TELLO, Rodolfo (Independent) and PARTRIDGE, William (Independent) Implementation Challenges: Why the International Social Safeguard Policies Must Be Strengthened and Expanded, Not Watered-down. Big infrastructure projects in developing countries usually require displacing people from their homes, increasing their risk of impoverishment and their level of social vulnerability, and disrupting their sources of livelihood, sense of place, and social networks. Multilateral financial institutions have policies in place to avoid or minimize the need for involuntary resettlement, but their practical implementation has shown mixed results. This paper identifies the top ten challenges recurrently found among agencies and companies implementing involuntary resettlement processes in projects funded by multilateral organizations. It also offers insights on key areas where efforts could be directed to improve the current situation. (W-157)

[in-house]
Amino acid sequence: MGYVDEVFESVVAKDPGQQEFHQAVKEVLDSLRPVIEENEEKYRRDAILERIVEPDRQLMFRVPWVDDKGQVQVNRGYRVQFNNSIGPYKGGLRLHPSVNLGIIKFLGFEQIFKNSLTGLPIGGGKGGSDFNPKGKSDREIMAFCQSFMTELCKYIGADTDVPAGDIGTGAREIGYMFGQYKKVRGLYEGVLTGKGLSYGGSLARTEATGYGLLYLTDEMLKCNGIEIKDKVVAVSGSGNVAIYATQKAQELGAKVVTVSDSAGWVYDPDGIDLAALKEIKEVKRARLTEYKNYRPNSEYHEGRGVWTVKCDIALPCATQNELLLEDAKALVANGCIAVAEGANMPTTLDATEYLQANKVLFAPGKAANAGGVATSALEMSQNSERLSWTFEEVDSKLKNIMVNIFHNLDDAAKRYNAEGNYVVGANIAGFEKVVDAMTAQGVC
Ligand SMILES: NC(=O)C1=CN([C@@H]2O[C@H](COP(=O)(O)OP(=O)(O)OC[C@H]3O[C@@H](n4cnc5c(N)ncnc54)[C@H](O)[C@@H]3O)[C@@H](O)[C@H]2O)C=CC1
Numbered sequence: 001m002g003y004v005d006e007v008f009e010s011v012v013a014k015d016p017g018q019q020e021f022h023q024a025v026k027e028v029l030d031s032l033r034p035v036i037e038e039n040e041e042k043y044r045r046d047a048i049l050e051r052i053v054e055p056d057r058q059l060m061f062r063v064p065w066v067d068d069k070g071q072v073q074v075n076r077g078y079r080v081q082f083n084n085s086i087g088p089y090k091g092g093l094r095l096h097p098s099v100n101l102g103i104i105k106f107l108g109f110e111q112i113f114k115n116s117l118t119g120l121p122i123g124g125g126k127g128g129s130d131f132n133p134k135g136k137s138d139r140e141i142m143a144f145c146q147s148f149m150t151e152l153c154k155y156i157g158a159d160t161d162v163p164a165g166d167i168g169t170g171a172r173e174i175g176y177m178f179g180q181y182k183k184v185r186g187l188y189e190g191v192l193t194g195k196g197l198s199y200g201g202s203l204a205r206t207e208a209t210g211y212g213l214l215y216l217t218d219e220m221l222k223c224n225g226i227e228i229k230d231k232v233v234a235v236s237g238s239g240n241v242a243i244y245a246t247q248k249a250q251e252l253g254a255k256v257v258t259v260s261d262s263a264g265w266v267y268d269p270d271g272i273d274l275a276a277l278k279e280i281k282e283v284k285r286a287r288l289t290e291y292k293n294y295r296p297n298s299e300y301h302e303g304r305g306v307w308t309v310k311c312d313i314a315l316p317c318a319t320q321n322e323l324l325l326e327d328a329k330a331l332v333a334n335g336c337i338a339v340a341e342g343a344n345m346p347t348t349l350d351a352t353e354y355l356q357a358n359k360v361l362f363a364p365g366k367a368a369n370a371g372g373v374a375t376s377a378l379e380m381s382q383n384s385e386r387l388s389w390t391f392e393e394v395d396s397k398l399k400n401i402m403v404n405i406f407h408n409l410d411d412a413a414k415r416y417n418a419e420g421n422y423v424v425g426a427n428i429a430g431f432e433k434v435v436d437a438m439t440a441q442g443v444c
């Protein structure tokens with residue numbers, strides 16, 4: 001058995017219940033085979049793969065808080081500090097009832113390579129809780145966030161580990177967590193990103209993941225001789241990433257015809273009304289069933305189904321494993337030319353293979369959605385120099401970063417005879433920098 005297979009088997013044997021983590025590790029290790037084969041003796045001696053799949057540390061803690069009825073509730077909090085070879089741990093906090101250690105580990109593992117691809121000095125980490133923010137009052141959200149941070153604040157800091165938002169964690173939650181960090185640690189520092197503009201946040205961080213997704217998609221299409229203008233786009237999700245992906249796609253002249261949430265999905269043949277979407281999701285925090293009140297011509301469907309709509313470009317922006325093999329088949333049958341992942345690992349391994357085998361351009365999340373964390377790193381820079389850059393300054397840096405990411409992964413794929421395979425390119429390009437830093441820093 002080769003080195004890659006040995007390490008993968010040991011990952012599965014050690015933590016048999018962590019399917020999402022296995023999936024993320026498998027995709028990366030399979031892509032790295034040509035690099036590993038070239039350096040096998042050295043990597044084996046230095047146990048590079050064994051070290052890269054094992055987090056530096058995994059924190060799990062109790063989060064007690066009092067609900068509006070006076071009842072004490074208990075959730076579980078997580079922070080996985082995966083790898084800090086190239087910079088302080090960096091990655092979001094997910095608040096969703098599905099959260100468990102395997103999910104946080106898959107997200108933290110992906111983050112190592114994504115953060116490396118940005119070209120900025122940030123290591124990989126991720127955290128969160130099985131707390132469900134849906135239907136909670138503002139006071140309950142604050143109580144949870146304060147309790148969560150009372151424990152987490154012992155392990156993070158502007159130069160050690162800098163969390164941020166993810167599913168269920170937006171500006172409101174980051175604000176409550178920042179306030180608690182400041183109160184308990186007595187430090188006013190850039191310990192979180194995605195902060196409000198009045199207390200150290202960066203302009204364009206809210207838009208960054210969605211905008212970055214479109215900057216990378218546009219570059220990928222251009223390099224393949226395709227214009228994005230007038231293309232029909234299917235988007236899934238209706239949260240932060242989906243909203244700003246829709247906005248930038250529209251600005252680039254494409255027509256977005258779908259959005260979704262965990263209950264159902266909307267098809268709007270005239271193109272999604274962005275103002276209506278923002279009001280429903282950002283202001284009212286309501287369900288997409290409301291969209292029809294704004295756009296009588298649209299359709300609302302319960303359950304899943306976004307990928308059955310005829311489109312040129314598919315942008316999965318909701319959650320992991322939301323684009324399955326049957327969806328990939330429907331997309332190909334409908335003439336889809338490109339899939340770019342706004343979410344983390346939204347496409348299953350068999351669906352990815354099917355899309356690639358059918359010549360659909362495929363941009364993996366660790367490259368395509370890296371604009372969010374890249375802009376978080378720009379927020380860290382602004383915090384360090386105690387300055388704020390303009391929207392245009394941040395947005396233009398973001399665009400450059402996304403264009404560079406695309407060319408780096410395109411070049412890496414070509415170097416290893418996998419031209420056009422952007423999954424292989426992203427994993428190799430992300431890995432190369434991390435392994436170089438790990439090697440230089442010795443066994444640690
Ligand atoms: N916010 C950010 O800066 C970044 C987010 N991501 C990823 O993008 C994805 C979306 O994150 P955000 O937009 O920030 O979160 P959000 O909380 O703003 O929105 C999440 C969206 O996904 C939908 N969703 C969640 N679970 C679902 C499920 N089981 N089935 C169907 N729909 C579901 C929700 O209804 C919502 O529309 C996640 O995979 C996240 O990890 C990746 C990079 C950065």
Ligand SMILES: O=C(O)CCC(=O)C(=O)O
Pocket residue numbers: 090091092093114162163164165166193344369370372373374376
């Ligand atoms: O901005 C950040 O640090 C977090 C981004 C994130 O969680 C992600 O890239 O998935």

3. Ethics and Accountability for Compulsory Displacement

CHAIR: DRYDYK, Jay (Carlton U)

DISCUSSANT: de WET, Chris (Grahamstown U.)

DOWNING, Theodore E. (INDR) Will the World Bank’s Proposed Social Standards Undermine Their Successful Accountability Mechanism: The Inspection Panel? Initially championed by The World Bank, international financial intermediaries have evolved internal accountability mechanisms that permit project-affected-peoples to file complaints about Bank non-compliance with its safeguard policies. The most frequently filed complaints to the Bank’s Inspection Panel concern noncompliance with its involuntary resettlement policies (OP 4.12). An experienced Panel investigator compares the architecture of the current system’s accountability to that envisioned in the proposed Environmental and Social Standards (ESS). Substitution of safeguard policies by these weakened standards will significantly reduce Bank accountability and cripple mid-stream corrections of deviations from Board policy.